In the last issue of ISCC News (# 454), Hugh Fairman reported on Henry Hemmendinger’s search for an M.C. Escher print that seemed to transform from a day-lit scene to a night scene when the illumination spectrum changed. Was this a deliberate trick from clever use of more than three colorants? As is clear from Hugh’s article, it was not, but before I learned that fact, I extrapolated Henry’s search far afield, to the heartland of Russia.
In the summer of 2008 I was in Tambov, teaching Russian college students how to use English to advance their science careers (see Issue # 435, p. 6). For three weeks I stayed in the same dorm room, and every morning and evening had the same view from the same chair of a picture on the wall. By day the picture was a sun-lit landscape with some water and green shrubbery in the foreground. By night (in tungsten light) the picture appeared instead to be moon-lit, partly because the sky around the sun/moon orb was darker, but mostly because the green of the shrubbery appeared relatively lighter. The tungsten light was evidently rendering the blue sky darkly, but was raising the lightness of the shrubbery as if to mimic the Purkinje shift (shift to rod dominance in low light levels---hence greater lightness of green). Of course, the Purkinje shift here was illusory and not real, because the light was still bright enough to render colors: my cones still ruled the night.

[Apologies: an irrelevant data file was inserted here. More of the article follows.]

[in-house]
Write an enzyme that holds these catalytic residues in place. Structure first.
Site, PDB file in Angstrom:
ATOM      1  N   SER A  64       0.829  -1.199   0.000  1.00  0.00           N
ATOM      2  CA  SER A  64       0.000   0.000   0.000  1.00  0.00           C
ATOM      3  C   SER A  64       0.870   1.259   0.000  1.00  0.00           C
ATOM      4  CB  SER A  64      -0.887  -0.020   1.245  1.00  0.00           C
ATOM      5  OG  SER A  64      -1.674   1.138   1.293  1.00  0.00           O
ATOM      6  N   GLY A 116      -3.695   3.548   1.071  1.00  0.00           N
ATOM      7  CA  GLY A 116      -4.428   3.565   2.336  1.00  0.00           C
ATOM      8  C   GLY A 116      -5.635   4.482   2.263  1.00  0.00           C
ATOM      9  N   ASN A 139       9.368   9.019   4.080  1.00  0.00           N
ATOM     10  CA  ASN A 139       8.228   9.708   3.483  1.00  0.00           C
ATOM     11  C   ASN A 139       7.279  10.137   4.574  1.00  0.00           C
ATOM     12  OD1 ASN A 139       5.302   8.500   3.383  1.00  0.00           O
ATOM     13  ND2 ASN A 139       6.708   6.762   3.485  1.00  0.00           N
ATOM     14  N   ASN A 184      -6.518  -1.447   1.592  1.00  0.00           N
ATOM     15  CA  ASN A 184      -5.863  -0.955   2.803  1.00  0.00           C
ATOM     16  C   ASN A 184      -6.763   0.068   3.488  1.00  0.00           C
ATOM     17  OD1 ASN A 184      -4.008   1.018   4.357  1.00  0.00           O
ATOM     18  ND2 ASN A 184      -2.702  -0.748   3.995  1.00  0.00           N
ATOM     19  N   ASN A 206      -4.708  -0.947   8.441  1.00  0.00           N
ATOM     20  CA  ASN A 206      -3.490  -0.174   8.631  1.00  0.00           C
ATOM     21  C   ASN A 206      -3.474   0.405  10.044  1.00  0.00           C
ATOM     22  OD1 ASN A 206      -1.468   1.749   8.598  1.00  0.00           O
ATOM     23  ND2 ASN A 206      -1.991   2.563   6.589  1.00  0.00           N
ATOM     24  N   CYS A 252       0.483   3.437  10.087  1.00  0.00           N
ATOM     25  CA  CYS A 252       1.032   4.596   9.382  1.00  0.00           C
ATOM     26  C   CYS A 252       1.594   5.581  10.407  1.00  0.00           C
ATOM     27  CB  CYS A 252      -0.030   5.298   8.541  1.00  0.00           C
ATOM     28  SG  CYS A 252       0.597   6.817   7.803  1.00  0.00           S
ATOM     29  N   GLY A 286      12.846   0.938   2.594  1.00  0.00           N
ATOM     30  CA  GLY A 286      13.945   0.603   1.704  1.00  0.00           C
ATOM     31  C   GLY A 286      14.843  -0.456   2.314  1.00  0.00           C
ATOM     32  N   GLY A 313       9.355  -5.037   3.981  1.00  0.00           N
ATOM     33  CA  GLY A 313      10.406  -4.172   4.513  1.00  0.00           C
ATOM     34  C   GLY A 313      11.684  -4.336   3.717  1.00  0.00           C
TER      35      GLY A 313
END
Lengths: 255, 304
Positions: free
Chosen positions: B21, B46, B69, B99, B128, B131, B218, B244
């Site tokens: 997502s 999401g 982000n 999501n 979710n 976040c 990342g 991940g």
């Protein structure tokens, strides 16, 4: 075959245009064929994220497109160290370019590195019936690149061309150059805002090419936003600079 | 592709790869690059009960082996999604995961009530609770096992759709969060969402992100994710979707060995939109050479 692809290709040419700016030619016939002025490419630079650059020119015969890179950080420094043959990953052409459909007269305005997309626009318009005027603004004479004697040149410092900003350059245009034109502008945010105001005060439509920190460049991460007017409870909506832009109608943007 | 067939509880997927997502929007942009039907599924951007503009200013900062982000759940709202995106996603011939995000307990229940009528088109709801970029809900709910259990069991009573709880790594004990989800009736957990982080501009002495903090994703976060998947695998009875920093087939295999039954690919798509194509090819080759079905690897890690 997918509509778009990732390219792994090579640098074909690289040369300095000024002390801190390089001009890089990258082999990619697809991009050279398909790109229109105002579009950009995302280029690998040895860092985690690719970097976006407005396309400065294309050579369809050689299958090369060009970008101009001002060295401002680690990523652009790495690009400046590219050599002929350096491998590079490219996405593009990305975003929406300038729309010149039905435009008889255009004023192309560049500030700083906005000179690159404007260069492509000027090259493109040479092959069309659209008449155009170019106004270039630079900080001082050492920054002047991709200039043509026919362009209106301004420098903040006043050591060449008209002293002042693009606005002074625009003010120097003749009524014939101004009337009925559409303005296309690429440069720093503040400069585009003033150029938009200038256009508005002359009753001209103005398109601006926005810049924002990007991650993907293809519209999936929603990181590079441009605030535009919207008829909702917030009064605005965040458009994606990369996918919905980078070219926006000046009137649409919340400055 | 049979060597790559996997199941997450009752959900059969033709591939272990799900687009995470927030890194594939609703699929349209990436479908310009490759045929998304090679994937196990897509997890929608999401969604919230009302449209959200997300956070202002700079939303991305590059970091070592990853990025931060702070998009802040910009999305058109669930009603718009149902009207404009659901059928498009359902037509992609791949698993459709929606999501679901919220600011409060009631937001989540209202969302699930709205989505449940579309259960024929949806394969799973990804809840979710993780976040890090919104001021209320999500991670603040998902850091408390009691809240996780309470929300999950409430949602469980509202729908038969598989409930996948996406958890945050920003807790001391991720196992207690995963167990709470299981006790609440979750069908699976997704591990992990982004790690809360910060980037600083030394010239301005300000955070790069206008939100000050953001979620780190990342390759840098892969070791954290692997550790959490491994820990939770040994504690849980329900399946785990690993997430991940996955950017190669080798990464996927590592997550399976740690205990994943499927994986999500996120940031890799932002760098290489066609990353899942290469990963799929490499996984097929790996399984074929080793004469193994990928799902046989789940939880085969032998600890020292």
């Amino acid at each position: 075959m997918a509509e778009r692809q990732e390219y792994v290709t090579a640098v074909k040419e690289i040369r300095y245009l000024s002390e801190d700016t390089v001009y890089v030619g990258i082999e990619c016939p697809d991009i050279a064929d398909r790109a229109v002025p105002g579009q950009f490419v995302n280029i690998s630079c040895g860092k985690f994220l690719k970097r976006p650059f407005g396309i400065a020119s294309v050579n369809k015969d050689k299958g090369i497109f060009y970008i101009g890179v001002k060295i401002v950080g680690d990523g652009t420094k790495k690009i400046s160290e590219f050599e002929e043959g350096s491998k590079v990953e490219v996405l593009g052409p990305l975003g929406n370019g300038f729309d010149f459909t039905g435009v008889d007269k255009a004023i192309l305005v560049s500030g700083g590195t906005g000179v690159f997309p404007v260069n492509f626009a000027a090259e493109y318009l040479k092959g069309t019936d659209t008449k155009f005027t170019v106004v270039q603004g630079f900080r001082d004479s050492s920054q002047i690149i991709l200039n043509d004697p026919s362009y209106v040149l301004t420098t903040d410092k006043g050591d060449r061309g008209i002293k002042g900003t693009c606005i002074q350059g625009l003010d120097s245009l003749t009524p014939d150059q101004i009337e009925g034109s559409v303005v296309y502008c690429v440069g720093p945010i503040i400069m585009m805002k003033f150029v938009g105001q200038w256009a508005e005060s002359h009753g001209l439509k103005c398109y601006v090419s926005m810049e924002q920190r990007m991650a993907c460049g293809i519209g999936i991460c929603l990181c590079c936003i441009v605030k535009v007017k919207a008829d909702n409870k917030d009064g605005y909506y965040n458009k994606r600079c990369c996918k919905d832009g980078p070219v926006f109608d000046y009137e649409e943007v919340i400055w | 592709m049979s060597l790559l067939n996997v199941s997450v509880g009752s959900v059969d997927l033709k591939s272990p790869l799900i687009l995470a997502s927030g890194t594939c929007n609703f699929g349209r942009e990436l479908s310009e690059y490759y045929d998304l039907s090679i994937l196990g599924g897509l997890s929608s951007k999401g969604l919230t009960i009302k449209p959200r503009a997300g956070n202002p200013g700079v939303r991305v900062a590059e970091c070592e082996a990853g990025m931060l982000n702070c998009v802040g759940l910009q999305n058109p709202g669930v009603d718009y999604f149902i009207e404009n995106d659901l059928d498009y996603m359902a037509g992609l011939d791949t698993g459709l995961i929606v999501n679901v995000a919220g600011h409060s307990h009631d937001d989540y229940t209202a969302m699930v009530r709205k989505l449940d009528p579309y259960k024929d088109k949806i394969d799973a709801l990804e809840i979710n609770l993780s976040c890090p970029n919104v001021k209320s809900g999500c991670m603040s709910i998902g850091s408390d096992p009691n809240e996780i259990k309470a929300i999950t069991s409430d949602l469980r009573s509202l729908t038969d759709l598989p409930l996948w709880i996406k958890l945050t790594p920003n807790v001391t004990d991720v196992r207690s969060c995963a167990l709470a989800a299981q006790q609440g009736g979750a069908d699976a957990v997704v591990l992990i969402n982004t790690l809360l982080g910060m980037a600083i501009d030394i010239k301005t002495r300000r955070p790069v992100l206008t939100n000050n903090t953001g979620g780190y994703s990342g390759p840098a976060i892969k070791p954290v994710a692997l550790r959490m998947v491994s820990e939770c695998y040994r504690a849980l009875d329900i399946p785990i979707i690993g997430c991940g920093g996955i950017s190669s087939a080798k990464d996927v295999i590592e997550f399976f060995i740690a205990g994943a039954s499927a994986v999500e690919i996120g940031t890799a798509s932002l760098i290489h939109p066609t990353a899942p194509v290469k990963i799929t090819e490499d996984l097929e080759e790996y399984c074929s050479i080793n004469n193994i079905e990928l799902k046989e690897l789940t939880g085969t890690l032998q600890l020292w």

I thought this might be an example of the art object Henry sought that conveyed two scenes in two lights due to colorant manipulation. I considered trying to purchase the picture, but even if I got a fair deal on it the trip home would not be easy. As I sat in that same chair one evening, I thought I’d have a closer look at the picture before I made my purchase offer. So I rose from the chair. Instantly the green shrubbery darkened.
Oops! This wasn’t related to metamerism at all. The shrubbery was brighter when I sat in the chair because I was receiving a specular reflection from the tungsten light. In daylight, I didn’t get a specular reflection, so that is why the shrubbery looked darker by day.
I had to marvel at this picture, which had different gloss in different areas. The shrubbery had the greatest gloss. Do reproductions in Russian dorm rooms have such texture and gloss differentiation, or was I looking at an original painting? Later I learned that, in printing, ink over-loading (hence gloss) is more likely in the green (and purple) than in other colors because more than one colorant maximizes its load. But meanwhile, I had reached the end of my skills as an art connoisseur, and the end of my time as well---I had to return home the next day.
Was this day/night trick deliberately set up? Perhaps not. Was it related to metamerism? Definitely not, unless you count the much-disparaged term, “geometric metamerism.” Alas, I couldn’t discuss the matter with Henry Hemmendinger, who by that time had gone where colors are more real and permanent.
Michael H. Brill